MT Business Lifeforms: Work placement student

Sophia Prentice's irritating enthusiasm will take her far in her father's agency.

Last Updated: 31 Aug 2010

With a barely post-adolescent bounce and a 'Hello, everybody!' of smoothie-curdling cheeriness, Sophia Prentice bursts jarringly into the office on the dot of 10 o'clock. Just in case they'd missed her earlier salutation, she greets each member of her team individually, with more bespoke, bright-eyed enthusiasm of exactly the kind guaranteed to grate on tender Monday morning nerves. She sits down to check her hotmail, log on to instant messenger and begin texting her friends.

The business of catching up with last night's gossip and this week's Heat magazine will probably take her through to, say, 10.45 or so, by which time she will require sustenance in the form of a skinny soy latte at the nearest Starbucks. On her untimely return, she might put in, oh, an hour's 'really hard work' before a two-hour lunch spent sucking the marrow from the accessories concessions at Selfridges.

Sophia's summer placements have become an annual event at RGR, one of the brighter stars in London's advertising firmament. When she arrived last year, everyone was happy to welcome her into the RGR family. There were two reasons for this. First, she's an attractive girl: her mother is a former model. And, second, she is family: her daddy, Robert Prentice, is the first R in RGR. A fellow with an eagle eye for sloppy copy and zero tolerance for artwork that doesn't work, Robert has a blind spot when it comes to the fruit of his loins.

Two weeks after her arrival, an unofficial competition to rebrand Sophia was under way. It resulted in a tie between 'Bungalow' (nothing upstairs) and 'Flashlight' (her eyes light up, but only when you shine a torch in her ear). Neither stuck. She is now Bambi (for her propensity to bounce up to you like a silly fawn) - although after an especially drunken awards ceremony, Bill, one of the younger creatives, suggested 'Thumper' might be a better epithet. Two weeks later, Bill suddenly moved to a rival agency, where he has won several awards for his ground-breaking breakfast cereal ads.

This year's competition (she is, alas, doing a language degree, so we're on number two of four) is to discover Sophia's most outrageous utterance.

Hot tips so far are 'I work as hard as any of them and they still pay me a work experience salary' and 'I practically came up with the whole idea'. So far, she has said this of three campaigns, to each of which she contributed just one line of copy, all of which were quietly cut before the client saw the ad.

You might think she'd pick up on some of this. But in a world renowned for its knowing irony, Sophia skates cheerfully across the surface of things. Her ideas are politely brushed under the rug because people who've won Creative Team of the Year several years running 'don't know what they're on about'. The fact that she's a precocious 20-year-old entitles her to speak for her generation, and people ask her to meetings because they genuinely want her opinions.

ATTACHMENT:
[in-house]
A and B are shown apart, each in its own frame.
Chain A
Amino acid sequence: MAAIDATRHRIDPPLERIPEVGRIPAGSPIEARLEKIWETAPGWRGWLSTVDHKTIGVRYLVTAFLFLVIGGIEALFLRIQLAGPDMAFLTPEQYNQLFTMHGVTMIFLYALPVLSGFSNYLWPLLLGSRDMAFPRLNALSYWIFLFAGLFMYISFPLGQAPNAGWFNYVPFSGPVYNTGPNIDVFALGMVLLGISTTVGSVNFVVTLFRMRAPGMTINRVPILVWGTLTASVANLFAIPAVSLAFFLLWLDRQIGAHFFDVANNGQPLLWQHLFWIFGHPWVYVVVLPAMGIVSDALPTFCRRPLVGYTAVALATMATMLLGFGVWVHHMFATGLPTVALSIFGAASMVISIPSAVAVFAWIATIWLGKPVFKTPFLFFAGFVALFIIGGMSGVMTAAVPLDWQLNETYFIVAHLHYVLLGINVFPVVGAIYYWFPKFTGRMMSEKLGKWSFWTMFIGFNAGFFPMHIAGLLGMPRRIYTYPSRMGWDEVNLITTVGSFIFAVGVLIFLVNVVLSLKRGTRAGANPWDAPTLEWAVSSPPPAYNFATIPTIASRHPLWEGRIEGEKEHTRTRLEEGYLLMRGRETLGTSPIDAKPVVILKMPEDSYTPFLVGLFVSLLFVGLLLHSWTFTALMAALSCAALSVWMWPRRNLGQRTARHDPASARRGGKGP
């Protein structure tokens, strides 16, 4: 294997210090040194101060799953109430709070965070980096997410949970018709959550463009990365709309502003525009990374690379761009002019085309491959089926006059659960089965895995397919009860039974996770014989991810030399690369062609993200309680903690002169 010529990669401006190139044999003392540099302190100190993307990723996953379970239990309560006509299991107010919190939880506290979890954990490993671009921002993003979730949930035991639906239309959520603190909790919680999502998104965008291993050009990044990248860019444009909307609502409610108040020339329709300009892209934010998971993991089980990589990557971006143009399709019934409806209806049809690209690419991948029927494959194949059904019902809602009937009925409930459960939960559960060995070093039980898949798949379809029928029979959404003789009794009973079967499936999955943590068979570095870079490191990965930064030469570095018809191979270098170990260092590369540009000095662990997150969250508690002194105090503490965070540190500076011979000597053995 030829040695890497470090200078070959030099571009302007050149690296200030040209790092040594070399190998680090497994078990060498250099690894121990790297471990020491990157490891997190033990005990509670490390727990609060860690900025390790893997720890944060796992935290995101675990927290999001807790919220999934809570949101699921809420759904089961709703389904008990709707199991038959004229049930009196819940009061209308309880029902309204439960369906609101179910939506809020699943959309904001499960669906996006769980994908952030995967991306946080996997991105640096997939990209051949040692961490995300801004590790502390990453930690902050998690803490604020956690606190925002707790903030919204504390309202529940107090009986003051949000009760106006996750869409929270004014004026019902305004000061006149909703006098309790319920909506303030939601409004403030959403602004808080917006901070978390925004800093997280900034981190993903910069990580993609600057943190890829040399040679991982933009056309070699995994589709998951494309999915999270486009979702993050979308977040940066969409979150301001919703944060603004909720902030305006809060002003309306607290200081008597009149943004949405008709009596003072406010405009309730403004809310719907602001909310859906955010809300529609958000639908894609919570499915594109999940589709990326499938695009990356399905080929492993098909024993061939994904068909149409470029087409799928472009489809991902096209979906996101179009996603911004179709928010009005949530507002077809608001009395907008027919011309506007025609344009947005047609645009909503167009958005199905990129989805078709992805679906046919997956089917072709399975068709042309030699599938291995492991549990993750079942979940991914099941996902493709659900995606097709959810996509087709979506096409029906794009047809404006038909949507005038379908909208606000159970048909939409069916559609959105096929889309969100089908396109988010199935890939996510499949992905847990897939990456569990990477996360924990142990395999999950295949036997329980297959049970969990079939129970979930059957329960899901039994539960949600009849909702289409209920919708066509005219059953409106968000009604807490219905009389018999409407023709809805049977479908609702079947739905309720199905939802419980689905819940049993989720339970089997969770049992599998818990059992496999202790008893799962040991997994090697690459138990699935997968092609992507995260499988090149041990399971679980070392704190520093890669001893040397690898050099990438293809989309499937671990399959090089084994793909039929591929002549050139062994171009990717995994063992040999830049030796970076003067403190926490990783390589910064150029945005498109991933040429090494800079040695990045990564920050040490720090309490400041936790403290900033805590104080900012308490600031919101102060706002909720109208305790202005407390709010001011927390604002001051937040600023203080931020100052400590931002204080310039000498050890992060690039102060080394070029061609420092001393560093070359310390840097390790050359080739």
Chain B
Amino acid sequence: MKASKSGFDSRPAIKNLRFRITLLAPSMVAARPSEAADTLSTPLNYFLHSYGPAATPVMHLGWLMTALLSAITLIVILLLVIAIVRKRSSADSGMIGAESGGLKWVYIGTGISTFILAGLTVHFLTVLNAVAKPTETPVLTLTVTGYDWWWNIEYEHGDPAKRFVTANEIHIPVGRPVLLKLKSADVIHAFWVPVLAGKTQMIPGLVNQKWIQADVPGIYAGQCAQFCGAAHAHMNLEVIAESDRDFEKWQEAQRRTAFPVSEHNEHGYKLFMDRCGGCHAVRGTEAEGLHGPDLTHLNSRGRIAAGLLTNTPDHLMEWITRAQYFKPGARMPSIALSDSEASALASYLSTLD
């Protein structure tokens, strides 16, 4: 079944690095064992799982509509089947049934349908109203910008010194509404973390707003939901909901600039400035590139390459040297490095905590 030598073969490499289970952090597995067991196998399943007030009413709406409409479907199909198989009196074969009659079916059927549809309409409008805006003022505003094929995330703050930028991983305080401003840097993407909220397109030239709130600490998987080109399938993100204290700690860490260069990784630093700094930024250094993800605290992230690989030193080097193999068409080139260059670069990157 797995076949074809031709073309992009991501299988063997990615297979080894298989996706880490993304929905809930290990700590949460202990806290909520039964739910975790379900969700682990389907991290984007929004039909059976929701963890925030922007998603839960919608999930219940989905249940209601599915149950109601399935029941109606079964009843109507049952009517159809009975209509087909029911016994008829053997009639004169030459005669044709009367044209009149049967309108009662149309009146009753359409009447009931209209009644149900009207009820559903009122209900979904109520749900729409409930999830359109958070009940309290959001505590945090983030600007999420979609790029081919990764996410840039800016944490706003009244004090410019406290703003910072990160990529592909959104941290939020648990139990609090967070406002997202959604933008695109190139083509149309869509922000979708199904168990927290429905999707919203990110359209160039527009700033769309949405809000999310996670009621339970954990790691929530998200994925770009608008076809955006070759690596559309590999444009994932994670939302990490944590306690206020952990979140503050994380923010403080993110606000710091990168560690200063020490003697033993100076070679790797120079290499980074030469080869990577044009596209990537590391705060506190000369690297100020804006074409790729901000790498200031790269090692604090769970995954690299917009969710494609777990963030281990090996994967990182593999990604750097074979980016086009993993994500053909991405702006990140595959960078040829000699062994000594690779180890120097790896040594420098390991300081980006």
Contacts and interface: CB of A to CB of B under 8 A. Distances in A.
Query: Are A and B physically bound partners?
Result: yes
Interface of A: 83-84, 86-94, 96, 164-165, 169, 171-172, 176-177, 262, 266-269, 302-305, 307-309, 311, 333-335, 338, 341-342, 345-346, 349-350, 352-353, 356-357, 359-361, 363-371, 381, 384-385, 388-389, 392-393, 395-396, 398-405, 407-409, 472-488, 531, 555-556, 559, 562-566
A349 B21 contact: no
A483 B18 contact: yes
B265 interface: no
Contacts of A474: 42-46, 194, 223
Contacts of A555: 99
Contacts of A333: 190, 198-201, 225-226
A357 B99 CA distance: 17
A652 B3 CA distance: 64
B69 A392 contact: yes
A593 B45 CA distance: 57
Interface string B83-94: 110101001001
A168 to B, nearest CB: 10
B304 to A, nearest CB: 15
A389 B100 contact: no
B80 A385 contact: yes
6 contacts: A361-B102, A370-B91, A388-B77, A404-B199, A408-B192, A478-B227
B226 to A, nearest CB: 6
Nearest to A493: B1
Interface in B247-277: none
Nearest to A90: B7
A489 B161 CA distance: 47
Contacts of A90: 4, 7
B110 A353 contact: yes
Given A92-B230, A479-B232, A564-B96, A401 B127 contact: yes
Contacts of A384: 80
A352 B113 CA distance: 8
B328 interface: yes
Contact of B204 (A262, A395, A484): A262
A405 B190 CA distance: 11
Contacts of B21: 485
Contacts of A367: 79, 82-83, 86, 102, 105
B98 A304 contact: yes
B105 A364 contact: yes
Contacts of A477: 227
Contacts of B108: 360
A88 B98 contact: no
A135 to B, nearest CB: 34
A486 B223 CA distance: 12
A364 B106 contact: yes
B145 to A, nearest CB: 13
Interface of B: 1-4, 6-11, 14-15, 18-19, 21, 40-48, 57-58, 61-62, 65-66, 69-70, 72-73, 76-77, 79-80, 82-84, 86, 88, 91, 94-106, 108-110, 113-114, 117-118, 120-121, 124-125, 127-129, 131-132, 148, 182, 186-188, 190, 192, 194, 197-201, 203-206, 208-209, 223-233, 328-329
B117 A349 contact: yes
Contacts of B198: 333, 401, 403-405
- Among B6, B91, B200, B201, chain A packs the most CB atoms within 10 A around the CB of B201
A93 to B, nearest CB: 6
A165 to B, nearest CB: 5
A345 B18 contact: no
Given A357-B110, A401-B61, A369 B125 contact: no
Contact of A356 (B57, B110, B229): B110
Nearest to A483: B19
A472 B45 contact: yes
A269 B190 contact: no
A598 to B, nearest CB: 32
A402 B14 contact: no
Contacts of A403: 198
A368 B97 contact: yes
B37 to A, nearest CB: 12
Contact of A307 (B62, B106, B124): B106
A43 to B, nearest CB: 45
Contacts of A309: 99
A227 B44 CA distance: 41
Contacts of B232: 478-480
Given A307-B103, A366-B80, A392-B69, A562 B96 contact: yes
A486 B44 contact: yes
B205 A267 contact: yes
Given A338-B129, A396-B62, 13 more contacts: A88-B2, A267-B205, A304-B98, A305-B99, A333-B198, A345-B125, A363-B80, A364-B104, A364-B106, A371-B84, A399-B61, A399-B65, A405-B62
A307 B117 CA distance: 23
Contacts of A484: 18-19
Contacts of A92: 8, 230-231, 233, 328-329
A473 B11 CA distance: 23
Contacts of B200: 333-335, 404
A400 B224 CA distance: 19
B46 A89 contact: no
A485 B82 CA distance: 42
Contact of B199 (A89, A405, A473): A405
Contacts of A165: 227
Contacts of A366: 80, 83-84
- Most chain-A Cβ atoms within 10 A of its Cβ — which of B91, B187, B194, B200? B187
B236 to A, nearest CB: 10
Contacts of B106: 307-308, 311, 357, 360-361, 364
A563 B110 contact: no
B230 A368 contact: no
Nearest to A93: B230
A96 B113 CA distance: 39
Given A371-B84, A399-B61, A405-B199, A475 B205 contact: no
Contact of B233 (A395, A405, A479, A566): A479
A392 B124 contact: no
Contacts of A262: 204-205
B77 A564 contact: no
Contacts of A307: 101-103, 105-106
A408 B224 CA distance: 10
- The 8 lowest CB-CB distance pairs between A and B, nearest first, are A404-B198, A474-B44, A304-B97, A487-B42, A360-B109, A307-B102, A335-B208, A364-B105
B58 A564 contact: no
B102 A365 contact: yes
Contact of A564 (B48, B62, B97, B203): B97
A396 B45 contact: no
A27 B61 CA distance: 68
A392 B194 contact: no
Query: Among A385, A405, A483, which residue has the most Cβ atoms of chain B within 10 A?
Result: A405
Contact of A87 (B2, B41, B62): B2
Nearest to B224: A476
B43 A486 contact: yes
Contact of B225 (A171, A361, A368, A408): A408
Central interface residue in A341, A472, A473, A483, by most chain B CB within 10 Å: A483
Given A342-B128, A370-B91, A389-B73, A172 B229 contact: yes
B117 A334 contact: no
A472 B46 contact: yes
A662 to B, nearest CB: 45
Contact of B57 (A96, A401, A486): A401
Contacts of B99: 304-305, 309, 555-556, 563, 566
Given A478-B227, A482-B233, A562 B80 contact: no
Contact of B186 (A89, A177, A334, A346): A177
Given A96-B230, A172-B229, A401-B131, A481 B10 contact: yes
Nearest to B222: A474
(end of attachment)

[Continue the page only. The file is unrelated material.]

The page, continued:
Indeed, no matter what she does - spending the afternoon idly rearranging her iTunes, dropping everything to disappear to Marrakech - she can't believe that the rest of 'her crew' do not find her cute. To some extent, she's right: if a five-year-old mutt chews the sofa, it's straight to the dog's home, but if a fluffy puppy does it, it's cute. (If her co-workers had their way, this puppy would be going for a walk along the Thames with a sackful of rocks.)

So will she be in for a rude shock when starts her first real job? Probably not, for - as Churchill said - a beautiful woman without a brain can still be interesting. If this were true of polite society in the 1940s, it's doubly true of the client-facing side of advertising (and quite a few other industries) today. And Sophia is unlikely to face the brutal filtering process that other, far more able graduates will face.

After that, she'll nepwork (networking through nepotism) herself up to a position of sufficient importance that her lack of ability is no longer an issue. And, on the off-chance that things go horribly wrong for her in the world of advertising, she has a fall-back position: her mother runs a PR agency.


1985: Born Hammersmith, London. Educated Frencham Heights School, Farnham; St Andrews University (ongoing)

2003-04: A year's travel and self-discovery spent precociously bothering foreigners from Belize to Botswana

2004-06: Summer work and self-discovery spent precociously bothering advertising executives from Soho to Shoreditch

2007: Well-paid graduate job at RGR.

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